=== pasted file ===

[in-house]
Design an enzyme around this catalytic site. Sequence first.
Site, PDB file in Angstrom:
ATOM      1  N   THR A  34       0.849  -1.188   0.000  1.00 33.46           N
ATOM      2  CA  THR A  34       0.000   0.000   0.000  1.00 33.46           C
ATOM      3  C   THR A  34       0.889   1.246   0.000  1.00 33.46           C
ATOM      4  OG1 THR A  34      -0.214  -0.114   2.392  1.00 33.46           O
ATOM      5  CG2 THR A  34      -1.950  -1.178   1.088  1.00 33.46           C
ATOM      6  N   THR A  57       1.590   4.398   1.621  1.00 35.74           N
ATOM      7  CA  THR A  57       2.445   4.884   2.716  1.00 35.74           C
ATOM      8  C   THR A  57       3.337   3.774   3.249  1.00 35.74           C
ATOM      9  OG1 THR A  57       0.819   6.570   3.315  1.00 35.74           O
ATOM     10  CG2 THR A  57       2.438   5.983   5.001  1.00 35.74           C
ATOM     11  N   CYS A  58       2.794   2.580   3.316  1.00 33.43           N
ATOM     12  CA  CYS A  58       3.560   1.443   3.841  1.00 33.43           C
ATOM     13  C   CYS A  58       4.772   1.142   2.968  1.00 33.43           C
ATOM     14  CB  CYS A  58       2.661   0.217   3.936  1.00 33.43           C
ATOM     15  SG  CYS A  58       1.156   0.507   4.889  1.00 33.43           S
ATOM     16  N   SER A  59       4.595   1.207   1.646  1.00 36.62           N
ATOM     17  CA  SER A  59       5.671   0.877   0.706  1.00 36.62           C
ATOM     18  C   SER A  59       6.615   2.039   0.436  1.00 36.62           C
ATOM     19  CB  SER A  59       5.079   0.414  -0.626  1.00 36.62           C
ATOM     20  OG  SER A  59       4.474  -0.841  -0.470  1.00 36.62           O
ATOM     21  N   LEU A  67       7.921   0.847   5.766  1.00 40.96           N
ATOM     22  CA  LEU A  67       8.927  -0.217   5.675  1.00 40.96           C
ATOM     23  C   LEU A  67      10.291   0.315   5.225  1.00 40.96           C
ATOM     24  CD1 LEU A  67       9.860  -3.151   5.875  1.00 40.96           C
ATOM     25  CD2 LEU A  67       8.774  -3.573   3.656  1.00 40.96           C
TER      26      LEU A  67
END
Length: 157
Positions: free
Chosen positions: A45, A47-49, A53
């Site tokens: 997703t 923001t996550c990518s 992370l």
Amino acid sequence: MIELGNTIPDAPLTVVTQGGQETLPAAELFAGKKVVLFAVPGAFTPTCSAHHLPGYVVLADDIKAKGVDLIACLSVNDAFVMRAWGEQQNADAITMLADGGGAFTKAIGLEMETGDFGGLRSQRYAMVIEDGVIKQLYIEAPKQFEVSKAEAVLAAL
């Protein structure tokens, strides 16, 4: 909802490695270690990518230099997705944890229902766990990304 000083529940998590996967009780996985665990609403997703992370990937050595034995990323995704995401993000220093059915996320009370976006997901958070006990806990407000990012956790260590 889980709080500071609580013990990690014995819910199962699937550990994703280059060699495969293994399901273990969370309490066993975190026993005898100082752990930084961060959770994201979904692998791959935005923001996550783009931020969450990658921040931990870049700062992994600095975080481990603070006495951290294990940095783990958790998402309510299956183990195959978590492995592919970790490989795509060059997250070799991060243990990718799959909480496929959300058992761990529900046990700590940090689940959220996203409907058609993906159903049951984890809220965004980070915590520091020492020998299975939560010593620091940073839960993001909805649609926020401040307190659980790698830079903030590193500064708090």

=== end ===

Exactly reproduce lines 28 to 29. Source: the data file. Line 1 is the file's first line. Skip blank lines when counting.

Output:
ATOM     25  CD2 LEU A  67       8.774  -3.573   3.656  1.00 40.96           C
TER      26      LEU A  67